In terms of Yahapalanaya, the activities within the 100-day period by the newly elected President were unbelievable and preposterous. Firstly, the President formed a minority govt. replacing a democratically elected regime. Many additional Ministers were appointed on the run to gain support of the dislodged SLFP cabinet ministers and MPs. Not only the cabinet, the senior public servants were replaced, although the life of the new parliament was to be only 100 days. Next, the Chief Justice (CJ) was sacked and replaced by the ex-incumbent who was impeached by the previous parliament. The new appointment was for a period of 24 hours. Thereafter a new CJ was appointed. All these activities were undertaken by a mere ‘stroke of a pen’.  The President also chose to ignore the mega fraud deal of the Treasury Bonds and its subsequent cover up. The same treatment was meted out to the setting up of Fraud and Corruption Investigation Division (FCID), with an embedded review mechanism by the Prime Minister! The FCID appears to be a politburo, set up to jail political opponents on unsubstantiated charges, so that they would not be able to participate in the forthcoming elections. The jailing of Rajapaksas and their supporters was in the agenda from day one of yahapalanaya, according to the social media. This may be the reason that Mr. Sirisena, supposedly a champion of democracy and human rights, was willing to ignore FCID until the Supreme Court decision on the FR application of the previous defense secretary. It is no surprise that currently, the Prime Minister is acting raving mad to overturn the Supreme Court’s decision, which has somewhat, dented his agenda.  Further, the replacement of 234 local government institutions under special commissions at the request of the UNP is another authoritarian activity of our President in recent times.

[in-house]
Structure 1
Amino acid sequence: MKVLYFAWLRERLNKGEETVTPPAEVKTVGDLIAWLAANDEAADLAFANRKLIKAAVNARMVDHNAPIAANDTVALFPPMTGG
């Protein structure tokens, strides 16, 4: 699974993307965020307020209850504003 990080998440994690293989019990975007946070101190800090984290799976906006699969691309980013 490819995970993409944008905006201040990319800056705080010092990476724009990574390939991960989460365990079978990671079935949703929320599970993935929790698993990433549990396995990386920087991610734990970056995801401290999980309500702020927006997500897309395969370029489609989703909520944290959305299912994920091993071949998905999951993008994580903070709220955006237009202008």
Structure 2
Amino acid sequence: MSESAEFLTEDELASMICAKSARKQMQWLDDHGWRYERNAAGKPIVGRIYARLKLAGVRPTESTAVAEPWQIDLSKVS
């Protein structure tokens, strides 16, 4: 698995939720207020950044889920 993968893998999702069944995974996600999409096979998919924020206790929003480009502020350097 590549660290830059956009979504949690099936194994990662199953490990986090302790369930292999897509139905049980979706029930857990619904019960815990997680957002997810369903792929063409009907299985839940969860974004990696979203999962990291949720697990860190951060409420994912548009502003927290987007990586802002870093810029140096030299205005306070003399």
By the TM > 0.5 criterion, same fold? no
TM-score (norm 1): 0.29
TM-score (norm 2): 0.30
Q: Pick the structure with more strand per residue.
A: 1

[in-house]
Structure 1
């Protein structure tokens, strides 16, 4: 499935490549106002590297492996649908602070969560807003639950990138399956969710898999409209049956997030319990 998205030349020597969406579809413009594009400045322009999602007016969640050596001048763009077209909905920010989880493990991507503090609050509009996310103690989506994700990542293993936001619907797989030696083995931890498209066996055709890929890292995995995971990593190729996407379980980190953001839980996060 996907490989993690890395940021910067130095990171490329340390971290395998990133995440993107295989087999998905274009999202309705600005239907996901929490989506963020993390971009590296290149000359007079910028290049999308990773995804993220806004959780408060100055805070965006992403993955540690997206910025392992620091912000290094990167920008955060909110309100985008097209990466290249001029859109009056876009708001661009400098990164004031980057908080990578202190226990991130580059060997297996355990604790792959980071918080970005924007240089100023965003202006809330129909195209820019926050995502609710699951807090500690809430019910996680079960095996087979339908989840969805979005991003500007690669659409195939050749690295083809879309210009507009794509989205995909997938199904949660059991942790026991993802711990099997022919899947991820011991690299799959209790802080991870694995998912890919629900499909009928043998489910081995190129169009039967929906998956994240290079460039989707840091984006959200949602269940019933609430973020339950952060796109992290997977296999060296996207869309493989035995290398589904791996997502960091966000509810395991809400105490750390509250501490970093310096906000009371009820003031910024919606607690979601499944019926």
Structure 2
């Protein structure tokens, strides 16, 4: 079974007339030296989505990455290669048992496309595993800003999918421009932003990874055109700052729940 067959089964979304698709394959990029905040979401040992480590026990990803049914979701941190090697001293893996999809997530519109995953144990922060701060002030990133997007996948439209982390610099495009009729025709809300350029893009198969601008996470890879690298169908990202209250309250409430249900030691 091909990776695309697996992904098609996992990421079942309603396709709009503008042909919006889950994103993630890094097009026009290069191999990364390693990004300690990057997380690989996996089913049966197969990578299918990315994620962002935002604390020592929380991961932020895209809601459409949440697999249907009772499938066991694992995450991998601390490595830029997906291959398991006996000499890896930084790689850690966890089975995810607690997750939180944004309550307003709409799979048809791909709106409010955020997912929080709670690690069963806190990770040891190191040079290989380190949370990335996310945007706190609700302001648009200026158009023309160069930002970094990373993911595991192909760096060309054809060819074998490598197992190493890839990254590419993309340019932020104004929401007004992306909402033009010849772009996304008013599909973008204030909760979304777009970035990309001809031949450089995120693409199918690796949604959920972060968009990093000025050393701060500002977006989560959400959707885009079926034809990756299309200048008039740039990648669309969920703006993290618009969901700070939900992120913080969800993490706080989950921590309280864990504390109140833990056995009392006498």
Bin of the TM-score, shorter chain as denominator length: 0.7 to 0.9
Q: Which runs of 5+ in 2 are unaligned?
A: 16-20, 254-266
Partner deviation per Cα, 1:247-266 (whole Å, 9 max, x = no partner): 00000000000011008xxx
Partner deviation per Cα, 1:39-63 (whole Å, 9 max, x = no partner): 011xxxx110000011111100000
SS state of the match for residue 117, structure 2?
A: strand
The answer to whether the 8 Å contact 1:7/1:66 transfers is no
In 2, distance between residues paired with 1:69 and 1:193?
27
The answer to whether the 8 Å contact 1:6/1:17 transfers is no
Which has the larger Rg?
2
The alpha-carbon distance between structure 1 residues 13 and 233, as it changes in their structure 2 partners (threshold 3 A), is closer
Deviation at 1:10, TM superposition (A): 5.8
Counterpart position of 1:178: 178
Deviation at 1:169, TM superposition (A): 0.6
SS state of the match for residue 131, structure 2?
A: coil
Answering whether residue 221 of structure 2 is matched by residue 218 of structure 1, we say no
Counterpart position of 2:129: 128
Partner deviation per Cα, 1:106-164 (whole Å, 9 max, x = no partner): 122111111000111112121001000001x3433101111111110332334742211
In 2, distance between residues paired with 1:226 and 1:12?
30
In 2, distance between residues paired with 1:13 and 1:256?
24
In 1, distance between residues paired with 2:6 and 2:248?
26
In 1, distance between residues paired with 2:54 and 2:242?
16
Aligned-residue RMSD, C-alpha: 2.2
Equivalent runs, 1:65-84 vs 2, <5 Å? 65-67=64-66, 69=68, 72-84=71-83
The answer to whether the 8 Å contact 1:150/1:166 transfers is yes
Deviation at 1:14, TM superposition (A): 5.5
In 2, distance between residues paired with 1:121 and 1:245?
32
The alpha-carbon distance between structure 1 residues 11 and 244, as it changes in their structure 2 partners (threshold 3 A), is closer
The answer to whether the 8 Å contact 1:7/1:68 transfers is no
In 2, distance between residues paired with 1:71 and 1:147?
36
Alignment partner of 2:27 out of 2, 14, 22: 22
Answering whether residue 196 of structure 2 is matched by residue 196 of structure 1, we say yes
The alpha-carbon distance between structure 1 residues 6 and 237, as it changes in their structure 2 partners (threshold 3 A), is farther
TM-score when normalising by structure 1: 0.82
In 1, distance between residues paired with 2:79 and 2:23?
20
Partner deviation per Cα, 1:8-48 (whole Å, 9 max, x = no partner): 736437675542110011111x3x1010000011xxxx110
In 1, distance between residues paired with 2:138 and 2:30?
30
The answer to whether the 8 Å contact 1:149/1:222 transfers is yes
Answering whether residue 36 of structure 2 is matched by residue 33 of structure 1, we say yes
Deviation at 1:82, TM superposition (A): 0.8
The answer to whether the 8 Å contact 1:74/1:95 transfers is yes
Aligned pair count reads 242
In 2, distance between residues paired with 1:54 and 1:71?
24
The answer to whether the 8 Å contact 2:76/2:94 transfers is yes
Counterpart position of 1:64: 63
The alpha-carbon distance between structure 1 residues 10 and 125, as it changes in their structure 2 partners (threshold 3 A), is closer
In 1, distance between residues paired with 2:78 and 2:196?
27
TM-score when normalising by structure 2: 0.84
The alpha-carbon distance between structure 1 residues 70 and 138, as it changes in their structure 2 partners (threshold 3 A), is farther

All of the above indicate that the President, holding the chair of the SLFP, is deeply committed to the UNP and the West. It appears his expectations of the forthcoming elections are conflicting with that of the SLFP.  Instead of seeking an outright win for the SLFP, the President is keen on a National Govt. in keeping with the UNP agenda. In fairness to the President, this was informed to the SLFP on several occasions.  The President’s reluctance to unite the party to include Mahinda in SLFP fold as a well deserved Prime Minister, is a clear indication that his preference is for the SLFP to be divided so that SLFP will not get a clear majority at the elections and be forced to join the UNP in a National Govt.

On the flip side of the coin, however, is that the electorate had witnessed the performance of the National Govt. for over 130 days and is aware of the confusion it has created, the depletion of the resources and the escalation of racial tensions which had encouraged a possible future re-grouping of the LTTE. The crowd at Bring Back Mahinda campaigns illustrates that the electorate is ready to undo the mistake it did on 8th January 2015.

Unfortunately, as at present the electorate lacks the required leadership for a significant SLFP win at the polls and it is clear that this leadership can only be provided by the SLFP MPs. SLFP MPs need to be heartened by the fact that the achievements of the 100 days were primarily due to their involvement and leadership. It is pleasing to note that the opposition leader, of late, has highlighted some issues of this government. To win the election, the SLFP MPs need to ensure their leader is with the party and measures need to be taken as soon as possible to demonstrate that assurance. It is only then the SLFP can front up to the election with confidence for an absolute win. I sincerely hope, for the sake of the country, the SLFP MPs would fulfill this role to our community, to save the country from its predators.